Policy 6.12 Road network capacity
A The Mayor supports the need for limited improvements to London’s road network, whether in improving or extending existing capacity, or providing new links, to address clearly identified significant strategic or local needs.
B In assessing proposals for increasing road capacity, including new roads, the following criteria should be taken into account:
a the contribution to London’s sustainable development and regeneration including improved connectivity
b the extent of any additional traffic and any effects it may have on the locality, and the extent to which congestion is reduced
c how net benefit to London’s environment can be provided
d how conditions for pedestrians, cyclists, public transport users, freight and local residents can be improved
e how safety for all is improved.
C Proposals should show, overall, a net benefit across these criteria when taken as a whole. All proposals must show how any dis-benefits will be mitigated.
6.40 The Mayor agrees with the Department for Transport’s road policy document Action for Roads which says ‘Continued investment in all forms of transport, particularly the railways will help improve conditions on the roads, and new technology may help us to get more use out of existing capacity’. He also recognises that there are limits to the extent that demand can be met and managed effectively by simply providing additional road capacity. However, there will continue to be a place for road-based modes in London’s future development, and he considers that there may well be cases where new roads are needed to support regeneration, improve the environment, increase safety or provide essential local access. Local road improvements may sometimes be required, particularly in areas of substantial regeneration or development activity. Where roads forming part of the Transport for London Road Network have a significant ‘place function’ the principles embodied in Manual for Streets 2 will be applied (see also paragraphs 6.37 and 6.38).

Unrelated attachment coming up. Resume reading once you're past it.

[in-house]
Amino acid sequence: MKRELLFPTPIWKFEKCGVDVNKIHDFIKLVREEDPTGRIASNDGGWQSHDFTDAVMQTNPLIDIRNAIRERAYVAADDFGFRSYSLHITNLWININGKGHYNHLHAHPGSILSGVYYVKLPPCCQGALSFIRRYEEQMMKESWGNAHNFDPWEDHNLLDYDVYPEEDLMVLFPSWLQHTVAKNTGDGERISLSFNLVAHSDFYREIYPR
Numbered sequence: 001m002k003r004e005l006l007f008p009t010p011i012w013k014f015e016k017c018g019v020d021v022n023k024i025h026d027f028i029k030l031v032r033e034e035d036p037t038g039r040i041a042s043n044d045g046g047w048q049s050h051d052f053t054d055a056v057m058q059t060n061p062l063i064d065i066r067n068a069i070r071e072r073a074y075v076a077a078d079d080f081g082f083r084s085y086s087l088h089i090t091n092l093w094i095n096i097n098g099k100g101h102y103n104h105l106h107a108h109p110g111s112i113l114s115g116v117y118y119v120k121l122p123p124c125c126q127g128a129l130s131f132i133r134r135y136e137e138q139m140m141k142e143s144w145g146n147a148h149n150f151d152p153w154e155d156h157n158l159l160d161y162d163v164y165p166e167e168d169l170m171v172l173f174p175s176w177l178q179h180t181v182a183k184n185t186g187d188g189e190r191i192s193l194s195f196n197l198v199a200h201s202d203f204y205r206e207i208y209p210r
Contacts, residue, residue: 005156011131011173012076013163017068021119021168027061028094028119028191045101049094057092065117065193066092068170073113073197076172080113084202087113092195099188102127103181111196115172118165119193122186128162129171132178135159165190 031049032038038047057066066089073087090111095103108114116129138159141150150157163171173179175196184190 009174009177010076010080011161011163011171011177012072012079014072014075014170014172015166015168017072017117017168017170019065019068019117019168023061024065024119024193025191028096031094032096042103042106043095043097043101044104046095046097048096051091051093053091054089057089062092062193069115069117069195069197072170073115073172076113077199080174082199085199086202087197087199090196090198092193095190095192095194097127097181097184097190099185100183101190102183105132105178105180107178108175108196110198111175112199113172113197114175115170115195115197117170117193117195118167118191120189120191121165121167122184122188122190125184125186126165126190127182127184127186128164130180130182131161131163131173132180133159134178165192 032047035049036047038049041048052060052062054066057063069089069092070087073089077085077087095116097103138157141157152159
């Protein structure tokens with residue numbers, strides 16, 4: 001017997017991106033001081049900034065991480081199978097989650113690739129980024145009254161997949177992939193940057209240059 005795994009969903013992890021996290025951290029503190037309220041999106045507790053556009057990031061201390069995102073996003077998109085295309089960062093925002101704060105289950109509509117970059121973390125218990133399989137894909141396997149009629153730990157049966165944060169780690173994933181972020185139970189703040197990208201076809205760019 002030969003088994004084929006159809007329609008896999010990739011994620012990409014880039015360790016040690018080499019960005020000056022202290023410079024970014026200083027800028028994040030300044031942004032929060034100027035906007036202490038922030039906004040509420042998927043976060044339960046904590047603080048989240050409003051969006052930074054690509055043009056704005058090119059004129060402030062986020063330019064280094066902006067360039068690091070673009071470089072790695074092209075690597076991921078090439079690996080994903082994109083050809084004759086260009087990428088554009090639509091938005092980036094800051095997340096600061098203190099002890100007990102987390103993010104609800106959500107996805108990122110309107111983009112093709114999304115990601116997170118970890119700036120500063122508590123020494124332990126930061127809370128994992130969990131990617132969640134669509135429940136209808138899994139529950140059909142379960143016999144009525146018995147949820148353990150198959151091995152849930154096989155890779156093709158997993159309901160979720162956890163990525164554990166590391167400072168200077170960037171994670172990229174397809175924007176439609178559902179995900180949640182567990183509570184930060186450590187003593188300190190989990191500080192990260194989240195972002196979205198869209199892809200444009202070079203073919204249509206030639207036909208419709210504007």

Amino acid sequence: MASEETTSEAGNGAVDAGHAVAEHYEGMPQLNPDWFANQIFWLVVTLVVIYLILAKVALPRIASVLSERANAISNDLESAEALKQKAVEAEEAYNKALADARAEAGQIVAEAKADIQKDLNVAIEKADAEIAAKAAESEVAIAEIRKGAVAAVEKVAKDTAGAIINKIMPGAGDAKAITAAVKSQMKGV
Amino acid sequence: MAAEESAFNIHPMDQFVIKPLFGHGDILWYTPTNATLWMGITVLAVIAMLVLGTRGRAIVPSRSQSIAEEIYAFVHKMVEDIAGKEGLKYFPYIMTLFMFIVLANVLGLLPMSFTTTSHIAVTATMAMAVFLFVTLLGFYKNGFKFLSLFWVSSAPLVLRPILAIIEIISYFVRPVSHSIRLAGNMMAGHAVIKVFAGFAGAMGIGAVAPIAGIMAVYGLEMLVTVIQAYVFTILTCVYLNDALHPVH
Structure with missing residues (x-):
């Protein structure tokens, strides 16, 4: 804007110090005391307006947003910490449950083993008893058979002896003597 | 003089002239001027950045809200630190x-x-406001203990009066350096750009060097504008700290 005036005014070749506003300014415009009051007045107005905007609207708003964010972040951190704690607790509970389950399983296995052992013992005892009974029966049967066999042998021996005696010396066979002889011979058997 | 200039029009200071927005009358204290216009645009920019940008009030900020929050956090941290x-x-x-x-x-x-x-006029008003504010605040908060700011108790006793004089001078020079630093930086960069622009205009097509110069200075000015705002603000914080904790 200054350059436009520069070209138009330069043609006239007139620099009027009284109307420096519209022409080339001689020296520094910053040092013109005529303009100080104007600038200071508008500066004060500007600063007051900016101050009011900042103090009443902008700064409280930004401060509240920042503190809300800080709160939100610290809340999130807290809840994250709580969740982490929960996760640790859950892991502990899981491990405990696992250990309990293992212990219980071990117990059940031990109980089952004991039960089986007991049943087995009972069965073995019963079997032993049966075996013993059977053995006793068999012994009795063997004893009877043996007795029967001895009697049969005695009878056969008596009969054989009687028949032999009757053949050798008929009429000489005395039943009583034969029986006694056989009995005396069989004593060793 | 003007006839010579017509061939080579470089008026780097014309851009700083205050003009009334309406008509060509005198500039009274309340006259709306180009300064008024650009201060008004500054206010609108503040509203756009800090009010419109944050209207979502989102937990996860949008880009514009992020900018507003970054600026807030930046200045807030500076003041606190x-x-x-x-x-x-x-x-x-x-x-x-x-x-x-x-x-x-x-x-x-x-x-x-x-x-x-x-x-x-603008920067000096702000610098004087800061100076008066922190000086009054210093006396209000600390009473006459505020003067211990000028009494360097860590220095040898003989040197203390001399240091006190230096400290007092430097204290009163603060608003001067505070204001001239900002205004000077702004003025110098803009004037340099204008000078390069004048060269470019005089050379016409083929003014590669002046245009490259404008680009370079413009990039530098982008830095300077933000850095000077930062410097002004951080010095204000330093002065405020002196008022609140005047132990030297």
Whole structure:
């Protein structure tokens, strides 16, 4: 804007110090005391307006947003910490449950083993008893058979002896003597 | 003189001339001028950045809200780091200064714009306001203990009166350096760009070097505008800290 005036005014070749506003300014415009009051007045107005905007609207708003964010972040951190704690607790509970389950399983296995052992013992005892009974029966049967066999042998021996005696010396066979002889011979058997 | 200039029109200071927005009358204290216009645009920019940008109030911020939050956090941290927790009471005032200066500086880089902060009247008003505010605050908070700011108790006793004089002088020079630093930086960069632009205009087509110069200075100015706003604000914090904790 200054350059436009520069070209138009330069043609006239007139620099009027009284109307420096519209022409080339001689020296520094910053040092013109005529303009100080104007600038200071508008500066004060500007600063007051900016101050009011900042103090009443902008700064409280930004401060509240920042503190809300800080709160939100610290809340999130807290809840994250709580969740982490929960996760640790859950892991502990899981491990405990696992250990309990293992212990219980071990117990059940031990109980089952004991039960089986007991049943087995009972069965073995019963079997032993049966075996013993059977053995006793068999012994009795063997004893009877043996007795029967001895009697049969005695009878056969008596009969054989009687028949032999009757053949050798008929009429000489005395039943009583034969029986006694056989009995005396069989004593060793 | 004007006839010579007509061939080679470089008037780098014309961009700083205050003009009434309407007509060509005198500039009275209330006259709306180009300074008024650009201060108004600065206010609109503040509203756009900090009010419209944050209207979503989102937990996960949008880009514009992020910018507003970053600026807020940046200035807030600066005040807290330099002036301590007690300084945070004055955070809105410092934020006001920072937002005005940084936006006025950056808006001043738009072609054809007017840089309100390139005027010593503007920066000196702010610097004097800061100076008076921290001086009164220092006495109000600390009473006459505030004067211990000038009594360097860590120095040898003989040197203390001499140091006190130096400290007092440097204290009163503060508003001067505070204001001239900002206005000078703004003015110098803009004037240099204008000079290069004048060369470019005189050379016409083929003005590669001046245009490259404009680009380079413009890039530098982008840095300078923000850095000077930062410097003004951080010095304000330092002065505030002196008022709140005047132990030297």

6.41 The Mayor is investigating the possibility of additional road-based river crossings in East London. He is committed to improving cross-river pedestrian, cycle and public transport links, to promoting a shift from private cars to more sustainable modes, and to encouraging freight journeys to avoid peak hours through improved journey planning, supply chain measures and support for consolidation centres and modal shift to rail and water in order to reduce pressure on congested crossings. There will, however, continue to be a need for some journeys to be undertaken by vehicle, in particular commercial traffic, the movement of goods and the provision of services to support a growing economy in east London. Drivers are heavily dependent on the congested Blackwall and Rotherhithe tunnels, each of which have restrictions on the size of vehicle which can use them, and the Woolwich Ferry. Beyond London, the Dartford crossing, forming part of the M25 orbital motorway, also regularly operates at, or close to, capacity. There is little resilience in the event of an incident at one of these crossings, and local businesses, particularly in south east London, suffer from this unreliability. The projected increases in jobs and population in the Thames Gateway will increase the problem of highway congestion and road network resilience at river crossings further. The Mayor is therefore supportive of additional road-based river crossings in east London as part of a package of transport improvements.
 Chartered Institute of Highways and Transportation, Manual for Streets 2, September 2010